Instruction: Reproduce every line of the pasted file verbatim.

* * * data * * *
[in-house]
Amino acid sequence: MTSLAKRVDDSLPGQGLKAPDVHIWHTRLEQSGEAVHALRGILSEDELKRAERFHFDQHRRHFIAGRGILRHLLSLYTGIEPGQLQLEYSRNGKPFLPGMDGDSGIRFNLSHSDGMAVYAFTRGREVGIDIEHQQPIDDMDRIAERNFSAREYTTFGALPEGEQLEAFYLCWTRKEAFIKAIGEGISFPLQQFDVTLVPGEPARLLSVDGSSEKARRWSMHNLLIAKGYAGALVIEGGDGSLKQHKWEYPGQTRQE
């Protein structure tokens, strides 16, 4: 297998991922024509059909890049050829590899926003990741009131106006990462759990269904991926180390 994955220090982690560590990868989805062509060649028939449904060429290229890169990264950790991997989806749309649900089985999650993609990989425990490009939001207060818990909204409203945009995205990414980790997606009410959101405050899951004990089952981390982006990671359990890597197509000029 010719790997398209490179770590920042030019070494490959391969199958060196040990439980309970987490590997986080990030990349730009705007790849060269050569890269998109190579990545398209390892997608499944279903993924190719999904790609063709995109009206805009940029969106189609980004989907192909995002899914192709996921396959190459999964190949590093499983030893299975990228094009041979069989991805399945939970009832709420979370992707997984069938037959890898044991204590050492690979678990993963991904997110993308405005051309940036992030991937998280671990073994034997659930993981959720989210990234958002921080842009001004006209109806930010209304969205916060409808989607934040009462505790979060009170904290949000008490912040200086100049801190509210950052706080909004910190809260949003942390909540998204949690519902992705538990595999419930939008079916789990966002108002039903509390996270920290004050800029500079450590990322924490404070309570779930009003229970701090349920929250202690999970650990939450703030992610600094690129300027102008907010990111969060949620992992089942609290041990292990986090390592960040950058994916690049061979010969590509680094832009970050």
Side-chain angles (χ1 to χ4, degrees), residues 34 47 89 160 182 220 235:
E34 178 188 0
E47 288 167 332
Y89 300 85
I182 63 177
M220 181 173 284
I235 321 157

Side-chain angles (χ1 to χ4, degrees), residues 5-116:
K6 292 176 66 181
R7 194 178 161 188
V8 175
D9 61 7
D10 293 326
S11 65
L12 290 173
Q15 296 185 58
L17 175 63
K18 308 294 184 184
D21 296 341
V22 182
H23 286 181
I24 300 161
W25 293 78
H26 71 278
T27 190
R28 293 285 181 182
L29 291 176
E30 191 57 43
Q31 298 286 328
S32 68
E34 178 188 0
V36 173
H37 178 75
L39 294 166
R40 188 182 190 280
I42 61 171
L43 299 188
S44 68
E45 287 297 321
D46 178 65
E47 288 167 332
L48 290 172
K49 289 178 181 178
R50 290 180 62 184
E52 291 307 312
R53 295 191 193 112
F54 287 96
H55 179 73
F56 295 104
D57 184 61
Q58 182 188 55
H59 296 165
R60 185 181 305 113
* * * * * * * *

[in-house]
Amino acid sequence: MTSLAKRVDDSLPGQGLKAPDVHIWHTRLEQSGEAVHALRGILSEDELKRAERFHFDQHRRHFIAGRGILRHLLSLYTGIEPGQLQLEYSRNGKPFLPGMDGDSGIRFNLSHSDGMAVYAFTRGREVGIDIEHQQPIDDMDRIAERNFSAREYTTFGALPEGEQLEAFYLCWTRKEAFIKAIGEGISFPLQQFDVTLVPGEPARLLSVDGSSEKARRWSMHNLLIAKGYAGALVIEGGDGSLKQHKWEYPGQTRQE
């Protein structure tokens, strides 16, 4: 297998991922024509059909890049050829590899926003990741009131106006990462759990269904991926180390 994955220090982690560590990868989805062509060649028939449904060429290229890169990264950790991997989806749309649900089985999650993609990989425990490009939001207060818990909204409203945009995205990414980790997606009410959101405050899951004990089952981390982006990671359990890597197509000029 010719790997398209490179770590920042030019070494490959391969199958060196040990439980309970987490590997986080990030990349730009705007790849060269050569890269998109190579990545398209390892997608499944279903993924190719999904790609063709995109009206805009940029969106189609980004989907192909995002899914192709996921396959190459999964190949590093499983030893299975990228094009041979069989991805399945939970009832709420979370992707997984069938037959890898044991204590050492690979678990993963991904997110993308405005051309940036992030991937998280671990073994034997659930993981959720989210990234958002921080842009001004006209109806930010209304969205916060409808989607934040009462505790979060009170904290949000008490912040200086100049801190509210950052706080909004910190809260949003942390909540998204949690519902992705538990595999419930939008079916789990966002108002039903509390996270920290004050800029500079450590990322924490404070309570779930009003229970701090349920929250202690999970650990939450703030992610600094690129300027102008907010990111969060949620992992089942609290041990292990986090390592960040950058994916690049061979010969590509680094832009970050």
Side-chain angles (χ1 to χ4, degrees), residues 34 47 89 160 182 220 235:
E34 178 188 0
E47 288 167 332
Y89 300 85
I182 63 177
M220 181 173 284
I235 321 157

Side-chain angles (χ1 to χ4, degrees), residues 5-116:
K6 292 176 66 181
R7 194 178 161 188
V8 175
D9 61 7
D10 293 326
S11 65
L12 290 173
Q15 296 185 58
L17 175 63
K18 308 294 184 184
D21 296 341
V22 182
H23 286 181
I24 300 161
W25 293 78
H26 71 278
T27 190
R28 293 285 181 182
L29 291 176
E30 191 57 43
Q31 298 286 328
S32 68
E34 178 188 0
V36 173
H37 178 75
L39 294 166
R40 188 182 190 280
I42 61 171
L43 299 188
S44 68
E45 287 297 321
D46 178 65
E47 288 167 332
L48 290 172
K49 289 178 181 178
R50 290 180 62 184
E52 291 307 312
R53 295 191 193 112
F54 287 96
H55 179 73
F56 295 104
D57 184 61
Q58 182 188 55
H59 296 165
R60 185 181 305 113